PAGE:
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Euthydemus

Kessinger Publishing (1965)

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  1. Socrates' Defensible Devices in Plato's Meno.Mason Marshall - 2019 - Theory and Research in Education 17 (2):165-180.
    Despite how revered Socrates is among many educators nowadays, he can seem in the end to be a poor model for them, particularly because of how often he refutes his interlocutors and poses leading questions. As critics have noted, refuting people can turn them away from inquiry instead of drawing them in, and being too directive with them can squelch independent thought. I contend, though, that Socrates' practices are more defensible than they often look: although there are risks in refuting (...)
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  • Knowledge, Discovery and Reminiscence in Plato's Meno.Alejandro Farieta - 2013 - Universitas Philosophica 30 (60):205-234.
    This work articulates two thesis: one Socratic and one Platonic; and displays how the first one is heir of the second. The Socratic one is called the principle of priority of definition; the Platonic one is the Recollection theory. The articulation between both theses is possible due to the Meno’s paradox, which makes a criticism on the first thesis, but it is solved with the second one. The consequence of this articulation is a new interpretation of the Recollection theory, as (...)
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  • Developing Critical Rationality as a Pedagogical Aim.Christopher Winch - 2004 - Journal of Philosophy of Education 38 (3):467–484.
  • Aristotelian Ethos and the New Orality: Implications for Media Literacy and Media Ethics.Charles Marsh - 2006 - Journal of Mass Media Ethics 21 (4):338 – 352.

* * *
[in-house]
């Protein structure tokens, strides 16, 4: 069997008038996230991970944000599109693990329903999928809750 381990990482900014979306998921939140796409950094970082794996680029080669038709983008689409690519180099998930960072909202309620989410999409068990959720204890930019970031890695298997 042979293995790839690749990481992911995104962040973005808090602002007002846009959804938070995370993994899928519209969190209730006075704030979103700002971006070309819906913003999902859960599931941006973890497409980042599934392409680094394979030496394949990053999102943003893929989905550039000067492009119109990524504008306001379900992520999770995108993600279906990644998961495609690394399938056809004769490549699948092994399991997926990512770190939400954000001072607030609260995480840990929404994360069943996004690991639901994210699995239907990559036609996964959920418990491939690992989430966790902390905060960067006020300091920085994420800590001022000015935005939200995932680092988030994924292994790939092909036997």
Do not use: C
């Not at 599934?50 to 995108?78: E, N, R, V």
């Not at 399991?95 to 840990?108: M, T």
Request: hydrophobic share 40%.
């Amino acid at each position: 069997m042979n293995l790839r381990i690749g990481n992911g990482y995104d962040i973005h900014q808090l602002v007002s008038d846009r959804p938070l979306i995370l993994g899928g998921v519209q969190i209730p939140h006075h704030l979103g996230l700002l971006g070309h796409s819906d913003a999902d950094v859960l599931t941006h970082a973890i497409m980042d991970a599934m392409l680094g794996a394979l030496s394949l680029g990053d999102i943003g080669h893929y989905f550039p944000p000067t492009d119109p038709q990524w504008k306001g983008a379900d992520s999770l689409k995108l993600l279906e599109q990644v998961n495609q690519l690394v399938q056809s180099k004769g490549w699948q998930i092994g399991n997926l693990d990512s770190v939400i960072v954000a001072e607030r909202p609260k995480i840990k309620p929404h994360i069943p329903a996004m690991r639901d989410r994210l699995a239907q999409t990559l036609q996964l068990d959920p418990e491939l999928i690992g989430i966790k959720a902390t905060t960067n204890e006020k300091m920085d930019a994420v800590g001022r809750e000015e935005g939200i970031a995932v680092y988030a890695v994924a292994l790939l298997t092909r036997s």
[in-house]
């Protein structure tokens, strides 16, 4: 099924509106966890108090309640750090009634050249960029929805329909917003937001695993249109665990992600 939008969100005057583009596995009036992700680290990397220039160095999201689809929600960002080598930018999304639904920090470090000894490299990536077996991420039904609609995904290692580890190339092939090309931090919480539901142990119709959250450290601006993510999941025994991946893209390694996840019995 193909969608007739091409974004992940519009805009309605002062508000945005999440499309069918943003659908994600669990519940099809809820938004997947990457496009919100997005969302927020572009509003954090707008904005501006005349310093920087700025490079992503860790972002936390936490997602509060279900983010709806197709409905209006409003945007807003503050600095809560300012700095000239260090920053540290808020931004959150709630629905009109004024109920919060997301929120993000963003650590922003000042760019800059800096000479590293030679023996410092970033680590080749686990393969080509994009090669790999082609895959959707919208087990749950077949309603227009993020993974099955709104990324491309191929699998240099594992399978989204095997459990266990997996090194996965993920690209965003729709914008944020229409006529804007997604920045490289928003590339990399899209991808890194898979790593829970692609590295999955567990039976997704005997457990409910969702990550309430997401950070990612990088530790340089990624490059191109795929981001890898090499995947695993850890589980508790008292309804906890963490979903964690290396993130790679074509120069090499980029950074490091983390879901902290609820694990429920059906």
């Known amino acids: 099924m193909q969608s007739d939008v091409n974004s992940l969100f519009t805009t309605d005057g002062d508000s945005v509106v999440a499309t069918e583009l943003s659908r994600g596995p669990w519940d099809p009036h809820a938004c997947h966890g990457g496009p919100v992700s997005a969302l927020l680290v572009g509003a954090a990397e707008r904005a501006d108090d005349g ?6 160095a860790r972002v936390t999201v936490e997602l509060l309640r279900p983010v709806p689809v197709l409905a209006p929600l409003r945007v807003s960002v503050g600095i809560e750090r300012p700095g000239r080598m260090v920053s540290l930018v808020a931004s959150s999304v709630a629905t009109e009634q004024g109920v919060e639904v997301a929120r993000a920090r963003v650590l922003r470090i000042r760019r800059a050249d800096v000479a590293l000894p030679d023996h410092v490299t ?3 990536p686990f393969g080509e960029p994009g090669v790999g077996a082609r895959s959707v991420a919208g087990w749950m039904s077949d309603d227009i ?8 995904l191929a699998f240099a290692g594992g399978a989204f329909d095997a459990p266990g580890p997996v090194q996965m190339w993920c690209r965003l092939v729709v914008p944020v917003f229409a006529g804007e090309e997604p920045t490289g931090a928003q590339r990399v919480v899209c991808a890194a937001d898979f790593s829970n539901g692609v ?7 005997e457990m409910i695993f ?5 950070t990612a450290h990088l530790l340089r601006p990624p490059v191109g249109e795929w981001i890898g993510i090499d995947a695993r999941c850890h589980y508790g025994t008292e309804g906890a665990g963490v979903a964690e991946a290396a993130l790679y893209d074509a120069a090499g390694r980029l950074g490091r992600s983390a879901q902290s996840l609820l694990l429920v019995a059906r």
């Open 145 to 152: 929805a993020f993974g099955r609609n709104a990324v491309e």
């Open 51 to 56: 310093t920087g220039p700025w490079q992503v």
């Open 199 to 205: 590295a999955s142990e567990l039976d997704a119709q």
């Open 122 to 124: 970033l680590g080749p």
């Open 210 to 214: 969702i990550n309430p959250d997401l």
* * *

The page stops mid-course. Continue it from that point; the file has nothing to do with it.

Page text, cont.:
Modern converged mass media, particularly television and the World Wide Web, may be fostering a new orality in opposition to traditional alphabetical literacy. Scholars of orality and literacy maintain that oral cultures feature reduced levels of critical assessment of media messages. An analysis of Aristotle's description of ethos, as presented in that philosopher's Rhetoric, suggests that an oral culture can foster media that deliver selective truths, or even lies, thus ranking poorly in hierarchical ethical schemata such as those developed by (...)
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  • Conocimiento, descubrimiento Y reminiscencia en el menón de platón.Alejandro Farieta - 2013 - Universitas Philosophica 30 (60):205-234.
    This work articulates two thesis: one Socratic and one Platonic; and displays how the first one is heir of the second. The Socratic one is called the principle of priority of definition; the Platonic one is the Recollection theory. The articulation between both theses is possible due to the Meno’s paradox, which makes a criticism on the first thesis, but it is solved with the second one. The consequence of this articulation is a new interpretation of the Recollection theory, as (...)
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  • On the Relation Between Technê and Ethical Sphere in Ancient Greek.Tuba Nur Umut - 2018 - Beytulhikme An International Journal of Philosophy 8 (1):191-213.
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  • Eudaimonism in the Mencius: Fulfilling the Heart.Benjamin I. Huff - 2015 - Dao: A Journal of Comparative Philosophy 14 (3):403-431.
    This paper argues that Mencius is a eudaimonist, and that his eudaimonism plays an architectonic role in his thought. Mencius maintains that the most satisfying life for a human being is the life of benevolence, rightness, wisdom, and ritual propriety, and that such a life fulfills essential desires and capacities of the human heart. He also repeatedly appeals both to these and to morally neutral desires in his efforts to persuade others to develop and exercise the virtues. Classical Greek eudaimonists (...)
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